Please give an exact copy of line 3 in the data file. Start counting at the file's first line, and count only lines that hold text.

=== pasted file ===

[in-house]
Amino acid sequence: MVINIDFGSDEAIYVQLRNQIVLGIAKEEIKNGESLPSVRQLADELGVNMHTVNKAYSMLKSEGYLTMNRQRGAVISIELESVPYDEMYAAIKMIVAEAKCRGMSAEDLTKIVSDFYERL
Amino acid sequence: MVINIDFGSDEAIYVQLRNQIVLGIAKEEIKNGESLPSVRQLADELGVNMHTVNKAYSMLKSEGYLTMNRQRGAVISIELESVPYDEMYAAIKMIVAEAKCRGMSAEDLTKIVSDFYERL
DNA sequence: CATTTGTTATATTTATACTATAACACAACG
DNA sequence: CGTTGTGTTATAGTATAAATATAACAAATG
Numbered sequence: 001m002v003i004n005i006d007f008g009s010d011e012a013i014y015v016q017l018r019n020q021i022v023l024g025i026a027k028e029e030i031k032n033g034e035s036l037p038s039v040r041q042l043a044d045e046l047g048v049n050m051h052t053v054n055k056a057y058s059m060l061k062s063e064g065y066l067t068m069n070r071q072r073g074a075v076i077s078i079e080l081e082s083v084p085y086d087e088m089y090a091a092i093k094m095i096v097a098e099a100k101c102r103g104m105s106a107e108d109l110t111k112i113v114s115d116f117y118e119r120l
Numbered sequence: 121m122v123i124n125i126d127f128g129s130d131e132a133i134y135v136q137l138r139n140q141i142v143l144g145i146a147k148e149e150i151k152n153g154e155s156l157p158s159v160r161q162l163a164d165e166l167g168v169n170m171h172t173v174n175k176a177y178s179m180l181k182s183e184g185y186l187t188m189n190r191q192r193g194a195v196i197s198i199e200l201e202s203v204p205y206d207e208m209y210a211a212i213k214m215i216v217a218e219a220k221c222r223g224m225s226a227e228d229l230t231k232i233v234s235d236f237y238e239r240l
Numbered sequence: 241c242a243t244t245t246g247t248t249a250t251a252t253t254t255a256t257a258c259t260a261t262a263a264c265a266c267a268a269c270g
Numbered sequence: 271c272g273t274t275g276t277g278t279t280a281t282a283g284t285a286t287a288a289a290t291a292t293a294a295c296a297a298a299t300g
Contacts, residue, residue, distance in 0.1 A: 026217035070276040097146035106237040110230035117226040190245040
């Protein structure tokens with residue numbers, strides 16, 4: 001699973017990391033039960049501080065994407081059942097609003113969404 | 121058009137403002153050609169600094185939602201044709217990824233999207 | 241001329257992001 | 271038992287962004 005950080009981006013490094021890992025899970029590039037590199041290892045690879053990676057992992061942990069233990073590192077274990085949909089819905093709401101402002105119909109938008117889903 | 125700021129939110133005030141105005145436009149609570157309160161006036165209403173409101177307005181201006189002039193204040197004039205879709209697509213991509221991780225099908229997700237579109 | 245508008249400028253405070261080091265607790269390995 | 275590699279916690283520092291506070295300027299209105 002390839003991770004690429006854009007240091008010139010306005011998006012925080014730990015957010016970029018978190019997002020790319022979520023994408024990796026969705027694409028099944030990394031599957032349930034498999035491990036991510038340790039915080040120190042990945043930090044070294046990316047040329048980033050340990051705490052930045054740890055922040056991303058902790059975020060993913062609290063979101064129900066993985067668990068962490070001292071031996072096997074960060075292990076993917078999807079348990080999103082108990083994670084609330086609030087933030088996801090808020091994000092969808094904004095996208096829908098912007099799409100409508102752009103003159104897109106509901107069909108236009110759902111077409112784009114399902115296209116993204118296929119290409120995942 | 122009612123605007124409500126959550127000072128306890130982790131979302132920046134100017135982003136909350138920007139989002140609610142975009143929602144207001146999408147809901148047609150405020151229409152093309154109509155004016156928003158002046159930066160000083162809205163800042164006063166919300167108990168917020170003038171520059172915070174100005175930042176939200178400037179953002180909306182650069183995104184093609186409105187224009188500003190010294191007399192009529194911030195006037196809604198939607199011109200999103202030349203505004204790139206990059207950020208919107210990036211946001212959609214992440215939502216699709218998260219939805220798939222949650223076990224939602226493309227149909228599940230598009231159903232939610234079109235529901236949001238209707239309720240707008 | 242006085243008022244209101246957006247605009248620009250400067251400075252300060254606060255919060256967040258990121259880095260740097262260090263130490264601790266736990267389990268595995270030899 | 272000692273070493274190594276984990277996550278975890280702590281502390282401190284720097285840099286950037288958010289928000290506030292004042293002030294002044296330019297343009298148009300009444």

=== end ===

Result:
Amino acid sequence: MVINIDFGSDEAIYVQLRNQIVLGIAKEEIKNGESLPSVRQLADELGVNMHTVNKAYSMLKSEGYLTMNRQRGAVISIELESVPYDEMYAAIKMIVAEAKCRGMSAEDLTKIVSDFYERL